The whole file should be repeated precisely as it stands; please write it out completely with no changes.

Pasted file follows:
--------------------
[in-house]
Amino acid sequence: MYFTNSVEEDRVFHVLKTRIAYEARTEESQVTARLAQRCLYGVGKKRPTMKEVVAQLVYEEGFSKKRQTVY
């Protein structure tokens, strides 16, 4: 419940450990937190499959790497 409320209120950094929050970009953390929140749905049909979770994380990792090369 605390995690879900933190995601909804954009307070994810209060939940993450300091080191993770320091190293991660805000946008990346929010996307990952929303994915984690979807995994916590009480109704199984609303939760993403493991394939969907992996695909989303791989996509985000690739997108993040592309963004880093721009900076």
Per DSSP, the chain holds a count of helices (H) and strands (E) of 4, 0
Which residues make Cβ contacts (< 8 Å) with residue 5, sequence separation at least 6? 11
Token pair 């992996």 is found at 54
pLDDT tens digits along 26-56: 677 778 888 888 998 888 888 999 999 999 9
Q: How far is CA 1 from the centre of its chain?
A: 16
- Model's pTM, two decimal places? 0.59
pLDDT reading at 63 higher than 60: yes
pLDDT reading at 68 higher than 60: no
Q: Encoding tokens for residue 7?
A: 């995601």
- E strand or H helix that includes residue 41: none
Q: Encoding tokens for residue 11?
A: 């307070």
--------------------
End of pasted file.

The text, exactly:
[in-house]
Amino acid sequence: MYFTNSVEEDRVFHVLKTRIAYEARTEESQVTARLAQRCLYGVGKKRPTMKEVVAQLVYEEGFSKKRQTVY
């Protein structure tokens, strides 16, 4: 419940450990937190499959790497 409320209120950094929050970009953390929140749905049909979770994380990792090369 605390995690879900933190995601909804954009307070994810209060939940993450300091080191993770320091190293991660805000946008990346929010996307990952929303994915984690979807995994916590009480109704199984609303939760993403493991394939969907992996695909989303791989996509985000690739997108993040592309963004880093721009900076």
Per DSSP, the chain holds a count of helices (H) and strands (E) of 4, 0
Which residues make Cβ contacts (< 8 Å) with residue 5, sequence separation at least 6? 11
Token pair 């992996």 is found at 54
pLDDT tens digits along 26-56: 677 778 888 888 998 888 888 999 999 999 9
Q: How far is CA 1 from the centre of its chain?
A: 16
- Model's pTM, two decimal places? 0.59
pLDDT reading at 63 higher than 60: yes
pLDDT reading at 68 higher than 60: no
Q: Encoding tokens for residue 7?
A: 């995601």
- E strand or H helix that includes residue 41: none
Q: Encoding tokens for residue 11?
A: 């307070």